Jan 212008
Authors: Cece Wildeman

Cold weather forced a community march on campus for Martin Luther King Jr. Day indoors for the second year in a row Monday.

Despite the cold, speakers, singers and an enthusiastic crowd filled the Lory Student Center Theatre to celebrate the commemorative day.

“It’s unfortunate that the weather kept us from having the march, but it’s always a great program,” said Fort Collins Mayor Doug Hutchinson, “They’ve really outdone themselves this year.”

Attendance was lower compared to previous celebrations, as many people didn’t turn up after learning that the march itself — a Fort Collins tradition since 1982 — had been cancelled, said Dallawrence Dean, event organizer.

But some participants said the cancellation did not lower spirits.

“It doesn’t matter where it is physically, it’s about what’s going on inside the heart,” said Bridgette Johnson, a CSU advocacy retention coordinator.

Crowds sang along with the Abyssinian Christian Church Choir and cheered local poet Jennifer Pacheco, who addressed the crowd with some bold and inspirational lines.

“To dream is to dream with eyes wide open,” she said. “Not partially closed. Not shut.”

Along with college students and Fort Collins community members, children were a frequent sight at the event, including members of the Caring Kids Club.

The Caring Kids Club, established seven years ago by three Fort Collins families, works to complete one community service project a month. For January, the children made bookmarks bearing MLK quotes, which were handed out at the event.

“(The MLK event) inspires the kids, because they work all year for social justice and good causes.” said Toni Zimmerman, a founding member of the Caring Kids Club.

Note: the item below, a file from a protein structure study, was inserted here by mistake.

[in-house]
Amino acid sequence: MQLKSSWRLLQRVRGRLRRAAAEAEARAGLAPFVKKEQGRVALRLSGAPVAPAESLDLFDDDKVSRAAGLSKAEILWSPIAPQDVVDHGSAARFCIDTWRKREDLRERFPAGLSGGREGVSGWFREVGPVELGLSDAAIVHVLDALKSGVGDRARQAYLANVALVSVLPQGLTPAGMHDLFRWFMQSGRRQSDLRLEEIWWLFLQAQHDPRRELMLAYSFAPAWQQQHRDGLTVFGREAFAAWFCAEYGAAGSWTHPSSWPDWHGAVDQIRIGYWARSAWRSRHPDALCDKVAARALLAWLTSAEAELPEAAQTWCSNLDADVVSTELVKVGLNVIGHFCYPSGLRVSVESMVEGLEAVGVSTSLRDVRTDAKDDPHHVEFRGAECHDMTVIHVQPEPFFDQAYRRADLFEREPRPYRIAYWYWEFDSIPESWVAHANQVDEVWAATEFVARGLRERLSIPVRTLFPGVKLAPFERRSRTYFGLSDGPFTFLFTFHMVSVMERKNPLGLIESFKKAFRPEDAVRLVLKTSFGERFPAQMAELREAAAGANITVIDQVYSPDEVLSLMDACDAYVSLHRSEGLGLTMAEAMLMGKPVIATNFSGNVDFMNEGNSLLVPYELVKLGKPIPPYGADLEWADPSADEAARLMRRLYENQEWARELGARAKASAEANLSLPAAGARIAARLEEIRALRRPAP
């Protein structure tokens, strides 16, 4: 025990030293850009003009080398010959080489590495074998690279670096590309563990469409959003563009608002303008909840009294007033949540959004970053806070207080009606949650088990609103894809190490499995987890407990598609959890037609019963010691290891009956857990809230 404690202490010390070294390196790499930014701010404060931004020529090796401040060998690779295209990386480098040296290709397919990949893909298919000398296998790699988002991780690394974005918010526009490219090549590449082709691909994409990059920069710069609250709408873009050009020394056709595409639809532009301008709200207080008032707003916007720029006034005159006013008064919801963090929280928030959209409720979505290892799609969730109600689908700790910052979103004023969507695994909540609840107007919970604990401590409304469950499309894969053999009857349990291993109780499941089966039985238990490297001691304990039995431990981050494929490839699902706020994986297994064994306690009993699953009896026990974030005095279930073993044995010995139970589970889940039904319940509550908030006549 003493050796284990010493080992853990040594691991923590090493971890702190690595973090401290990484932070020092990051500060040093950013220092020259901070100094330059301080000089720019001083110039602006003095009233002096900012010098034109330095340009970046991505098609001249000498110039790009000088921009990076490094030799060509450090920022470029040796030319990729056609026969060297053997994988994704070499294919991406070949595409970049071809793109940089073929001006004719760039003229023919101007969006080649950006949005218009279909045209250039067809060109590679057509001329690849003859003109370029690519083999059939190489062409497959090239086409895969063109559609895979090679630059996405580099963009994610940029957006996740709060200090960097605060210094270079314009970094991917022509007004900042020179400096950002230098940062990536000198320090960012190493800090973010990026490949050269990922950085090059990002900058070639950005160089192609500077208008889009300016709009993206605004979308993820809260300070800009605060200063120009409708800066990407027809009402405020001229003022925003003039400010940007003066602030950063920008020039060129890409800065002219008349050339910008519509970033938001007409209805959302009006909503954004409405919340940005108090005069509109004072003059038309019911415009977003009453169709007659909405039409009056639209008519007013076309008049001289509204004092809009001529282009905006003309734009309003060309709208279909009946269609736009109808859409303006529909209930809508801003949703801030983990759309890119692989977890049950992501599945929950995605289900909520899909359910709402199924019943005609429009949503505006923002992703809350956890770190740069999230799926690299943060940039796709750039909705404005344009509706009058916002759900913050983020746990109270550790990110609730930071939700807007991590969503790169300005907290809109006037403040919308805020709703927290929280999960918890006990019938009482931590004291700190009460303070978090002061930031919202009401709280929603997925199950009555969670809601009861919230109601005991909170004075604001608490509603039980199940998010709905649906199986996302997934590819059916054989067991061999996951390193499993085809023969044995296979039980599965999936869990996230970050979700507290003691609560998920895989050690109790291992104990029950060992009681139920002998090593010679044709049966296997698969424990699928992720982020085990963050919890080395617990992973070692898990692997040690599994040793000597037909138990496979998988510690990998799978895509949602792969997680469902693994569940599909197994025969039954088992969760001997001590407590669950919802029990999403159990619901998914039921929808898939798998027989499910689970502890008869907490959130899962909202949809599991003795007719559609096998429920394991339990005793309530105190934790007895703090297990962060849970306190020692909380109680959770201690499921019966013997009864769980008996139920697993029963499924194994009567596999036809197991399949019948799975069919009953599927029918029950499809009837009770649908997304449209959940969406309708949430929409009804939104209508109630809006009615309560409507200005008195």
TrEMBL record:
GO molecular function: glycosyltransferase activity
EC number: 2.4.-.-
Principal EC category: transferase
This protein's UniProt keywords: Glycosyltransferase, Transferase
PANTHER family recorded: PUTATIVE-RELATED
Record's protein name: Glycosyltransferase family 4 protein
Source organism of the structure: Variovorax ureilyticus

Speakers at the event agreed that progress has been made in establishing equality, but all agreed there’s still work to be done.

Johnson said she believes Fort Collins is a great place to live, but that community members need to adopt more proactive lifestyles. Fort Collins could accomplish this by learning to appreciate people’s differences, she said.

As a longstanding tradition, the march holds certain importance in Fort Collins and is something many residents attend annually.

“I like the community here and what they stand for,” said Nate Denning.

Denning, a freshman at Lincoln Junior High School, was born and raised in Fort Collins and has attended the event since childhood.

Hutchinson said he admires King as a leader who changed the nation in a way that fits America: through non-violent means. But there is still work to be done, he added.

“Our only hope lies in the ability to recapture the revolutionary spirit,” he said.

Senior Reporter Cece Wildeman can be reached at news@collegian.com.

 Posted by at 5:00 pm

Sorry, the comment form is closed at this time.